Dominic Davies
CEO/Founder Pink Therapy

Bisexuality and mental health: the double edged sword of stigma

It is very timely that our own conference Beyond Gay and Straight is taking bisexuality as it’s theme this year and is sold out! 🙂 We will be videoing the presentations to share on our YouTube Channel in due course.

Some of our previous conferences are already there:

The Queerness

Stephanie Farnsworth examines the stigma faced by those who are bisexual and have mental health issues.

The erasure and prejudice bisexual people regularly experience from society and within the LGBTQ+ community can place huge pressures on an individual. It can feel like a constant battle to manage personal well-being in the face of such hostility. Many people struggle to even accept that bisexuality is actually an identity which makes it increasingly difficult for bisexual people to be out, as shown by the fact that they are far less likely to be open about their sexuality. Furthermore, bisexual people have been found to be far more likely to experience substance abuse issues, depression, anxiety, self harm and suicidal ideation than gay or straight people. The isolation and pressures faced can feel intolerable and responses by mental health care professionals are still inconsistent and often lacking in empathy and understanding. Mental…

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Professional Standards Authority issues statement on transgender conversion therapy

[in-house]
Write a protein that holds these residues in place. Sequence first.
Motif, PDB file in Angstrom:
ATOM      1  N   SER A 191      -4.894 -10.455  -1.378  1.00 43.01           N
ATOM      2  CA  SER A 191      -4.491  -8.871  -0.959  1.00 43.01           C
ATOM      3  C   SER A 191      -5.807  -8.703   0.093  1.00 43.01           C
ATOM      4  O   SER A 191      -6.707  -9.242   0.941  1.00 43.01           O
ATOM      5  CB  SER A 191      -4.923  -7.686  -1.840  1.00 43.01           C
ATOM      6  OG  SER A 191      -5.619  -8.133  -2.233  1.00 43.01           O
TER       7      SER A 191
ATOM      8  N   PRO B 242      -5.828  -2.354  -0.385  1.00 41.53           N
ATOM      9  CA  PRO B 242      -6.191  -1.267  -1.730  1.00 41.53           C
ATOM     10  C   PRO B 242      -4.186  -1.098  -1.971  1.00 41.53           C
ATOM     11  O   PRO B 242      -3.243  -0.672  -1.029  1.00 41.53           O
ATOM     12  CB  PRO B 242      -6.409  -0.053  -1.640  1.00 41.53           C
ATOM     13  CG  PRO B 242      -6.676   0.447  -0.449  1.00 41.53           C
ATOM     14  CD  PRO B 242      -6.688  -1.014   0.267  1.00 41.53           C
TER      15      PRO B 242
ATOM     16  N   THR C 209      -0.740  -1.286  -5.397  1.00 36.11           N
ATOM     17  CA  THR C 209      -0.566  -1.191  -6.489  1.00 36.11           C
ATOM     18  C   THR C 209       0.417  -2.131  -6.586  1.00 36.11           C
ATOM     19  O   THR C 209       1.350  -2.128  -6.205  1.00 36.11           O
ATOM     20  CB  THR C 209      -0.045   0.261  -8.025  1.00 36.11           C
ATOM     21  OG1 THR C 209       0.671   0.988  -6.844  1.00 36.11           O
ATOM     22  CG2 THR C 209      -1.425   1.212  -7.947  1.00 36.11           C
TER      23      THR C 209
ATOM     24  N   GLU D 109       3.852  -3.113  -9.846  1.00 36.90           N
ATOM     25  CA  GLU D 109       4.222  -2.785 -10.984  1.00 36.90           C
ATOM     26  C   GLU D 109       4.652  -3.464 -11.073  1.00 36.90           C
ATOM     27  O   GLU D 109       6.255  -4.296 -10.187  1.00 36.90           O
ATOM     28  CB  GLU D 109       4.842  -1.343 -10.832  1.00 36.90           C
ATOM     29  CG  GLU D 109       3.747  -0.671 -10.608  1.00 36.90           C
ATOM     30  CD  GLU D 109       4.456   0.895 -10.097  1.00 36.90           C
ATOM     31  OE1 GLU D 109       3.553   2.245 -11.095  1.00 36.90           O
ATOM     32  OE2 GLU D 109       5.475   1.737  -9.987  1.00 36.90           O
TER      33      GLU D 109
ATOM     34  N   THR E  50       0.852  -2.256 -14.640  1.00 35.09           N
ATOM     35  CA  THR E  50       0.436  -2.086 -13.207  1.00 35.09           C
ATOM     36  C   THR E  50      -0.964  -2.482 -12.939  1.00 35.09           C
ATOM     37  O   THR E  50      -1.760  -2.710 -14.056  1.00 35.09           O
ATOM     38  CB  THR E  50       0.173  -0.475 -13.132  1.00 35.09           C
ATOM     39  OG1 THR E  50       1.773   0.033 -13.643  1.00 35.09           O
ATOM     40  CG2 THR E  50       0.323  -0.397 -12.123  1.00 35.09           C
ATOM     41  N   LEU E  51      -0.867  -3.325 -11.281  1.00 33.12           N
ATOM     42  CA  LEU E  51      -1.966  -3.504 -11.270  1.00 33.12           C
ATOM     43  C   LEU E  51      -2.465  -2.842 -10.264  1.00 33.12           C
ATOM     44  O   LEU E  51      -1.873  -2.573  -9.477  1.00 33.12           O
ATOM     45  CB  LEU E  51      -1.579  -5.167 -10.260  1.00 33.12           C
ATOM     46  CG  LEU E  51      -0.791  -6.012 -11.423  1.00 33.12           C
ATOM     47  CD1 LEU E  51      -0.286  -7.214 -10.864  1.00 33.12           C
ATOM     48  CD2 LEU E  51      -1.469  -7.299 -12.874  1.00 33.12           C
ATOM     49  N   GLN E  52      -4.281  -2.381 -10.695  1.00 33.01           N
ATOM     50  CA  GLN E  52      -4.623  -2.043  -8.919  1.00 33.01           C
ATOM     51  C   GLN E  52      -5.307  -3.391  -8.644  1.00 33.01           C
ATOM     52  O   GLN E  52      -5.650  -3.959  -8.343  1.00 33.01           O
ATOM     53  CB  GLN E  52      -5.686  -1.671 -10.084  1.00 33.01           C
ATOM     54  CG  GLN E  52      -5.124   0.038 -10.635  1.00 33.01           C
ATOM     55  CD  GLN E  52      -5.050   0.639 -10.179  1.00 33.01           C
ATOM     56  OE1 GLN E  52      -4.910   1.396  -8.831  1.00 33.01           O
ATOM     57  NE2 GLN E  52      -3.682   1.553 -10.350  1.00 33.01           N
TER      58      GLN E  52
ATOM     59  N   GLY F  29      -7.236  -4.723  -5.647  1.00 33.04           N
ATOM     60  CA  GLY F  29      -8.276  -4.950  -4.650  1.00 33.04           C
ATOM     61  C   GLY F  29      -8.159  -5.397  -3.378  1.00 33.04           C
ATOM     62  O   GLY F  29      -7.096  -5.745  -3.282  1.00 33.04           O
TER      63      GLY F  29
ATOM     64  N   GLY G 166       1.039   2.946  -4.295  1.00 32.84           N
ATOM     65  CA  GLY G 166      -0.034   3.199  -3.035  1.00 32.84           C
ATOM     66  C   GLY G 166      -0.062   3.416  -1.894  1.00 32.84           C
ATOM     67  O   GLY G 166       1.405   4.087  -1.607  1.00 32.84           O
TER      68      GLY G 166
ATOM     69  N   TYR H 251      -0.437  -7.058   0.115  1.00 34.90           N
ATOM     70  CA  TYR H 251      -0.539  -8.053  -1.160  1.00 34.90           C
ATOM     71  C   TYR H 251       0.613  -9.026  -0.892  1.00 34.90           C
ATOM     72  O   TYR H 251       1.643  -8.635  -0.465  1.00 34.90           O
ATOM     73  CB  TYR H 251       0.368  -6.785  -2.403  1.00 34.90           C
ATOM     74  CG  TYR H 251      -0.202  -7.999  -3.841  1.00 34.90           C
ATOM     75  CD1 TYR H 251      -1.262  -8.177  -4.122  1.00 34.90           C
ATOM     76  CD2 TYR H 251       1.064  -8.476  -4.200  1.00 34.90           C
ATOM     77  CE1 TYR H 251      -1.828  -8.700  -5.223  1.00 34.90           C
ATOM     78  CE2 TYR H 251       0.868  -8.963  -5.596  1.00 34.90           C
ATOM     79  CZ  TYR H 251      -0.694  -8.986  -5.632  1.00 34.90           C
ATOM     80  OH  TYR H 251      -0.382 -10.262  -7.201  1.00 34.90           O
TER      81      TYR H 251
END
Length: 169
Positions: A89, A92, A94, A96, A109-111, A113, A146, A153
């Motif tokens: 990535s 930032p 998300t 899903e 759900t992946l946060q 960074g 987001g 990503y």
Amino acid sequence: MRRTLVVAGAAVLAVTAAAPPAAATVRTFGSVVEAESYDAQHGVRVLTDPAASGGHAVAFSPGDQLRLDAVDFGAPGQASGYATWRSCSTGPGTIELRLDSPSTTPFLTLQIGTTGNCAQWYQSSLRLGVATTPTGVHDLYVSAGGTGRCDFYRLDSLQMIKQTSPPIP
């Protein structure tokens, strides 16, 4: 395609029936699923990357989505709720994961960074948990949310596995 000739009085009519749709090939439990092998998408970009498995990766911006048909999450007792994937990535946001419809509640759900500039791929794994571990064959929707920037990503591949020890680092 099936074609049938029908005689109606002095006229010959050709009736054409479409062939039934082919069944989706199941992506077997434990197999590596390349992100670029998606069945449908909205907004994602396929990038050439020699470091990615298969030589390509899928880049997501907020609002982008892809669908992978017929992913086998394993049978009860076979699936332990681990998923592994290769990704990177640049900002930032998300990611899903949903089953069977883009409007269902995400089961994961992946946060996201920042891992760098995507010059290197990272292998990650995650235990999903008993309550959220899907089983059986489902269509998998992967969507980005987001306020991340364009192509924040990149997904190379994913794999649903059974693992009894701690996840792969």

Thanks for taking the time to contact the PSA about this matter and for keeping it in the public eye.

Trying to prevent someone expressing their inner experience of their gender is patently wrong. As is trying to encourage someone to be sexual if they feel no desire to be so. The discussion about Asexuals is being left behind a bit in this whole debate, but it is just as important.

Unsafe Spaces

Following a recent controversy over conversion therapy and transgender people, I contacted the Professional Standards Authority for comment. Today I received a reply.

Conversion therapy is a controversial form of psychotherapy which aims to turn gay people straight, or in some cases to revert transgender people to their birth gender. Pretty much all the research evidence suggests it’s ineffective and harmful. Most psychotherapy organisations in Britain have condemned conversion therapy for gay people, but have not done so for transgender people.

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The Trans Issue – aren’t we missing the point?

This man is running for Chair of UKCP. He seems to have the right idea!


Right now, there is a fierce debate within the psychotherapeutic and counselling community. Although we all seem to have agreed that conversion therapy is totally unacceptable for lesbian and gay clients we seem to lack agreement on whether the same treatment is appropriate for the trans community.

You may remember the conversion therapy debates back in 2011. Then there was almost unanimous agreement that conversion therapy – that is, therapy specifically designed to change a person’s gender or sexual orientation – was wrong.

Whatever the arguments behind that decision, and there were many – it was shown that conversion therapy was dangerous and that such work had already led to suicides – plus there was the growing realisation that one’s gender or sexual orientation was not a pathology, rather, it was no one else’s business.  However once that agreement was made and all the rows were over I was surprised to…